HAYWARD, Calif. (KRON) — Sophia Mason’s family knew the eight-year-old Hayward girl’s life was in grave danger living with her biological mother and mother’s boyfriend. The girl’s grandmother and aunt made repeated pleas to Alameda County CPS to investigate abuse and neglect. But time and time again, CPS did nothing, according to a newly-filed wrongful death petition.
Sophia lived seven years of her short life, happily, with her loving grandmother, Sylvia Johnson, at her grandmother’s house in Hayward. Everything changed when Sophia’s mother, Samantha Johnson, reappeared in her life and took her daughter back in January of 2021, according to the petition.
Sophia’s extended family members were concerned because they knew Samantha Johnson was mentally ill, worked as a prostitute, and didn’t have a place to live. They asked about why she suddenly wanted her daughter back.
“The only thing that (Samantha Johnson) said was that she had a new boyfriend, Dhante Jackson, and that he wanted to meet Sophia. This guy specifically asked for Sophia,” the girl’s cousin, Melissa Harris, said.
Jackson, 34, was on the run for six months until he was arrested last weekend in Newark in the East Bay. He was booked into jail on murder charges. Sophia’s mother is also behind bars and charged with murdering her daughter.
The last month of Sophia’s life at Jackson’s house was horrific, according to evidence uncovered by the Hayward Police Department and the Merced County Sheriff’s Office. She was forced to live in a backyard shed. Jackson sexually and physically abused the young girl until she was ultimately found dead on March 11 in a bathtub, investigators said.
Even before Sophia was brought to Jackson’s house, life for Sophia with her mother in Alameda County was marred with severe abuse, states a petition filed by attorney Carly Sanchez on behalf of the girl’s grandmother.
“Sophia Mason was subjected to extreme mental, emotional, sexual, and physical abuse and severe neglect while in the care of her biological mother,” the petition writes.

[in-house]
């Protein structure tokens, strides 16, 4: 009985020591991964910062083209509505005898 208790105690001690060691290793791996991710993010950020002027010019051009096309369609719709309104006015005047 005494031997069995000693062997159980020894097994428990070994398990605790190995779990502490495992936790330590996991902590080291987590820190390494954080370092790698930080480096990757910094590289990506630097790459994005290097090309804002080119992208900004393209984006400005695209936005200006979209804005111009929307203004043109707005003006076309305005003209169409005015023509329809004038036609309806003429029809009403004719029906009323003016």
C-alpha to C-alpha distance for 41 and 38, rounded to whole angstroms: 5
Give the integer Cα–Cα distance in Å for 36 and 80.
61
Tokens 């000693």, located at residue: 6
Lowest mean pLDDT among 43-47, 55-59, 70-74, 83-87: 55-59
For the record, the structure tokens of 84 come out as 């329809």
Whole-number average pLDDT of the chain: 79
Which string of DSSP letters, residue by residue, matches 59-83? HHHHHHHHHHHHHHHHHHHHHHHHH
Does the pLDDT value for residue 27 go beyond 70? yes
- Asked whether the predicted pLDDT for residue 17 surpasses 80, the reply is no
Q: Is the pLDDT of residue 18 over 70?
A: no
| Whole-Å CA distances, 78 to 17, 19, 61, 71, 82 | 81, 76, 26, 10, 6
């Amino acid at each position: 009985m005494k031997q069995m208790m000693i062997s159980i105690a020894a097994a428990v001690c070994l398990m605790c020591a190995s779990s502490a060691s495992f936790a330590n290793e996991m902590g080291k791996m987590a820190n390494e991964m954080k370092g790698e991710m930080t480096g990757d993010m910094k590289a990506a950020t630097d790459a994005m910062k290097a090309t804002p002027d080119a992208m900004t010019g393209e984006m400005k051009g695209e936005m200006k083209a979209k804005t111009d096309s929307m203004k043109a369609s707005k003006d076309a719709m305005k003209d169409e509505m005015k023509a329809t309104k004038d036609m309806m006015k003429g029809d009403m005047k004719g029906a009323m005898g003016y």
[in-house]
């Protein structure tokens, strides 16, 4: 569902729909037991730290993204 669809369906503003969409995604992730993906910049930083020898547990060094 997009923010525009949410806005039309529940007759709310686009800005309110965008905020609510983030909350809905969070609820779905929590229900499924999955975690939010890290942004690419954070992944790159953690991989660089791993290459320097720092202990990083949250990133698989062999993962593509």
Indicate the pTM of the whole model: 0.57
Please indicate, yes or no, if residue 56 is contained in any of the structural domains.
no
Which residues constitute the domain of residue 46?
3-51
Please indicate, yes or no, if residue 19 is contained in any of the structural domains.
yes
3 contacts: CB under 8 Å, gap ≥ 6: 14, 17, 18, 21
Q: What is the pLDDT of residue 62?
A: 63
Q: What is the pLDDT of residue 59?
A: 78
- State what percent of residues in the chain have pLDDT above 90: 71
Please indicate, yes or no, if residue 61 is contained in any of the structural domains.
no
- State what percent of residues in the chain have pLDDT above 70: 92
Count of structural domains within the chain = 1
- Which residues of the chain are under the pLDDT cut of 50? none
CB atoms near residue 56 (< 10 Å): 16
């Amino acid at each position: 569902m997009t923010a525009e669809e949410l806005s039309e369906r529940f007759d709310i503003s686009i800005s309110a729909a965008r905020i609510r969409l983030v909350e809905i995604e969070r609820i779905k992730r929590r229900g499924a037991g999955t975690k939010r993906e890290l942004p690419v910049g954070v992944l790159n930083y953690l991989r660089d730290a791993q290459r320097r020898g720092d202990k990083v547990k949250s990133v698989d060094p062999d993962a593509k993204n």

According to Harris, Samantha Johnson worked as a prostitute, suffered from mental illness, and cycled between living in motel rooms and homeless shelters. Sophia stopped going to school.
“In early 2021, Sophia’s mother, Samantha Johnson, reappeared in her life and took Sophia into her care and custody. Almost immediately, the County of Alameda began receiving child abuse hotline referrals alleging that Sophia was the victim of abuse and neglect while in her mother’s care. Agents of the County of Alameda … failed to take necessary action to protect the minor’s safety, health, welfare, growth, and development. Rather, they knowingly allowed Sophia to remain in the home with her mother, who suffered from untreated mental illnesses, and her mother’s abusive boyfriend. The County of Alameda received seven emergency hotline referrals between January 2021 and Sophia’s death just 14 months later. It did not even bother investigating five of those referrals, and simply evaluated them out.”
A spokesperson for the Alameda County Social Services Agency could not be reached for comment on Monday.
The petition accuses Alameda County CPS of 33 failures in protecting Sophia. The petition states, “Beginning in January 2021, Alameda received referrals alleging that Sophia’s mother hit her, choked her, and covered her mouth to subdue her screams. The County further learned that Sophia had multiple bruises on her arms, torso, and thigh, and that she had not been to school in weeks. When social workers interviewed Sophia, she confirmed that her mother had grabbed her neck while mad at her and had covered her mouth.”
Samantha Johnson’s sister, Emerald, tried to gain legal custody of Sophia by filing a report with Alameda County CPS. CPS met with Johnson and Sophia in a park in Hayward. “It was the first time (Sophia) had been seen since she was taken. Her legs were filled to bruises and scabs. She said, ‘they are hitting me with belt buckles,’” Harris told KRON4. The meeting in the park concluded with Sophia staying in her mother’s custody.